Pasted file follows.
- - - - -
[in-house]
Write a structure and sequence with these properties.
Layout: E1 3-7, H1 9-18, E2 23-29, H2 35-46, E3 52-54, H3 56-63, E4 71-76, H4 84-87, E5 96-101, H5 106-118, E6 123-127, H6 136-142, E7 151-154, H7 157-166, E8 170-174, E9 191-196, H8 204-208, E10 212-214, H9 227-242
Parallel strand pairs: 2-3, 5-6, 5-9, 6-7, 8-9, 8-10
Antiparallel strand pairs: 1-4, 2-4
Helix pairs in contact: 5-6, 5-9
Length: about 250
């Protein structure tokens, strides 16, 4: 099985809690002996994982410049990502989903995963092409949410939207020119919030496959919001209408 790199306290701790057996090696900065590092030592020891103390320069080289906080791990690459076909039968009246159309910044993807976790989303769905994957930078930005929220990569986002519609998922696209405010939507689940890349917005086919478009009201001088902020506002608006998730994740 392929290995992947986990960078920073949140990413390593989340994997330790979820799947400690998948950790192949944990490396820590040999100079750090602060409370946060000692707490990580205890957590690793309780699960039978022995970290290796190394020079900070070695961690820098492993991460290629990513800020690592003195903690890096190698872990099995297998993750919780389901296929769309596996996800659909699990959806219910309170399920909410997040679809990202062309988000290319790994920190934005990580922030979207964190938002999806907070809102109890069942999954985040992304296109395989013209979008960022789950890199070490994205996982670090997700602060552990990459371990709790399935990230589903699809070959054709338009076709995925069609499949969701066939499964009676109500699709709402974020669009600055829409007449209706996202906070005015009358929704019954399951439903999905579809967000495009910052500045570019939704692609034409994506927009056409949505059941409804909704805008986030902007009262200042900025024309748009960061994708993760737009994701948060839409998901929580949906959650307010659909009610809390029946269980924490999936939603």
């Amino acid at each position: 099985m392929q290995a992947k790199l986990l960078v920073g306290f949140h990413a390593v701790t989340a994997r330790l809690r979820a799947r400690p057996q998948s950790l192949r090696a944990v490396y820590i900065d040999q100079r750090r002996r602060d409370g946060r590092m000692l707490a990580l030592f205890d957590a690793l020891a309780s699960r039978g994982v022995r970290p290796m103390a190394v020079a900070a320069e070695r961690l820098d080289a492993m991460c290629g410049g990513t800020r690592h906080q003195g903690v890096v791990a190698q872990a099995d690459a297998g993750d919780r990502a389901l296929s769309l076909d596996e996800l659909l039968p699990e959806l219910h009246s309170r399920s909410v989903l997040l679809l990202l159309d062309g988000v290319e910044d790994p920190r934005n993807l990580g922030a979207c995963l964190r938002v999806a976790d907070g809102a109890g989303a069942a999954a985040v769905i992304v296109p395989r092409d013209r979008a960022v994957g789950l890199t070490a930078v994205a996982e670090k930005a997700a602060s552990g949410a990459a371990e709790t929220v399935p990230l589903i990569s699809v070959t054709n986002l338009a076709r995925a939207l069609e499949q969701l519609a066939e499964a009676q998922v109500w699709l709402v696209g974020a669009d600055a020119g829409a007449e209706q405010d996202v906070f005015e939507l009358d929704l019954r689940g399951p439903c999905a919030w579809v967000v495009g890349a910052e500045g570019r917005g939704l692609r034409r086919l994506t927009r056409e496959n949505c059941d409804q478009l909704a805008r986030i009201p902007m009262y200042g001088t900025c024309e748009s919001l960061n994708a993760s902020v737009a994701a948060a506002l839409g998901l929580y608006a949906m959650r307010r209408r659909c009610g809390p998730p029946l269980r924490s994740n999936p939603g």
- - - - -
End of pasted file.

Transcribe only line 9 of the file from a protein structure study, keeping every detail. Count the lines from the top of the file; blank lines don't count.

């Amino acid at each position: 099985m392929q290995a992947k790199l986990l960078v920073g306290f949140h990413a390593v701790t989340a994997r330790l809690r979820a799947r400690p057996q998948s950790l192949r090696a944990v490396y820590i900065d040999q100079r750090r002996r602060d409370g946060r590092m000692l707490a990580l030592f205890d957590a690793l020891a309780s699960r039978g994982v022995r970290p290796m103390a190394v020079a900070a320069e070695r961690l820098d080289a492993m991460c290629g410049g990513t800020r690592h906080q003195g903690v890096v791990a190698q872990a099995d690459a297998g993750d919780r990502a389901l296929s769309l076909d596996e996800l659909l039968p699990e959806l219910h009246s309170r399920s909410v989903l997040l679809l990202l159309d062309g988000v290319e910044d790994p920190r934005n993807l990580g922030a979207c995963l964190r938002v999806a976790d907070g809102a109890g989303a069942a999954a985040v769905i992304v296109p395989r092409d013209r979008a960022v994957g789950l890199t070490a930078v994205a996982e670090k930005a997700a602060s552990g949410a990459a371990e709790t929220v399935p990230l589903i990569s699809v070959t054709n986002l338009a076709r995925a939207l069609e499949q969701l519609a066939e499964a009676q998922v109500w699709l709402v696209g974020a669009d600055a020119g829409a007449e209706q405010d996202v906070f005015e939507l009358d929704l019954r689940g399951p439903c999905a919030w579809v967000v495009g890349a910052e500045g570019r917005g939704l692609r034409r086919l994506t927009r056409e496959n949505c059941d409804q478009l909704a805008r986030i009201p902007m009262y200042g001088t900025c024309e748009s919001l960061n994708a993760s902020v737009a994701a948060a506002l839409g998901l929580y608006a949906m959650r307010r209408r659909c009610g809390p998730p029946l269980r924490s994740n999936p939603g």